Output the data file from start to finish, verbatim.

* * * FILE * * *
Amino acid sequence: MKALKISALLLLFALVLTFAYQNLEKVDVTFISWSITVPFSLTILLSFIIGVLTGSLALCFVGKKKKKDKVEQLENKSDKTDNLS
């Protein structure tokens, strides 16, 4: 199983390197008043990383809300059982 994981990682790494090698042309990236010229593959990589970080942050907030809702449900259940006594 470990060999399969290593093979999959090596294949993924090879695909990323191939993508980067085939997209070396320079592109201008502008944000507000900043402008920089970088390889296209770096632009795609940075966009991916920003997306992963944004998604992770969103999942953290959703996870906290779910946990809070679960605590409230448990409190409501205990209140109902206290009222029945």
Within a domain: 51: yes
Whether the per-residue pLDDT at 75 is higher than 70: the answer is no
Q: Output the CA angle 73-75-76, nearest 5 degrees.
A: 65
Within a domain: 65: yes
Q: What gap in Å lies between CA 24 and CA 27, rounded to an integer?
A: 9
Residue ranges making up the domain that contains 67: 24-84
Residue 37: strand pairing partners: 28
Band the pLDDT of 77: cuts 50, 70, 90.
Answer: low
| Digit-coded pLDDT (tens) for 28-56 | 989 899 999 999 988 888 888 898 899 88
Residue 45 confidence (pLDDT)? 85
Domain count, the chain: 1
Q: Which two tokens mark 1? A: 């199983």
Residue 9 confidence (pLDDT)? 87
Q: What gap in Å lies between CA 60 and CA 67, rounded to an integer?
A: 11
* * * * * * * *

Amino acid sequence: MKALKISALLLLFALVLTFAYQNLEKVDVTFISWSITVPFSLTILLSFIIGVLTGSLALCFVGKKKKKDKVEQLENKSDKTDNLS
């Protein structure tokens, strides 16, 4: 199983390197008043990383809300059982 994981990682790494090698042309990236010229593959990589970080942050907030809702449900259940006594 470990060999399969290593093979999959090596294949993924090879695909990323191939993508980067085939997209070396320079592109201008502008944000507000900043402008920089970088390889296209770096632009795609940075966009991916920003997306992963944004998604992770969103999942953290959703996870906290779910946990809070679960605590409230448990409190409501205990209140109902206290009222029945």
Within a domain: 51: yes
Whether the per-residue pLDDT at 75 is higher than 70: the answer is no
Q: Output the CA angle 73-75-76, nearest 5 degrees.
A: 65
Within a domain: 65: yes
Q: What gap in Å lies between CA 24 and CA 27, rounded to an integer?
A: 9
Residue ranges making up the domain that contains 67: 24-84
Residue 37: strand pairing partners: 28
Band the pLDDT of 77: cuts 50, 70, 90.
Answer: low
| Digit-coded pLDDT (tens) for 28-56 | 989 899 999 999 988 888 888 898 899 88
Residue 45 confidence (pLDDT)? 85
Domain count, the chain: 1
Q: Which two tokens mark 1? A: 């199983």
Residue 9 confidence (pLDDT)? 87
Q: What gap in Å lies between CA 60 and CA 67, rounded to an integer?
A: 11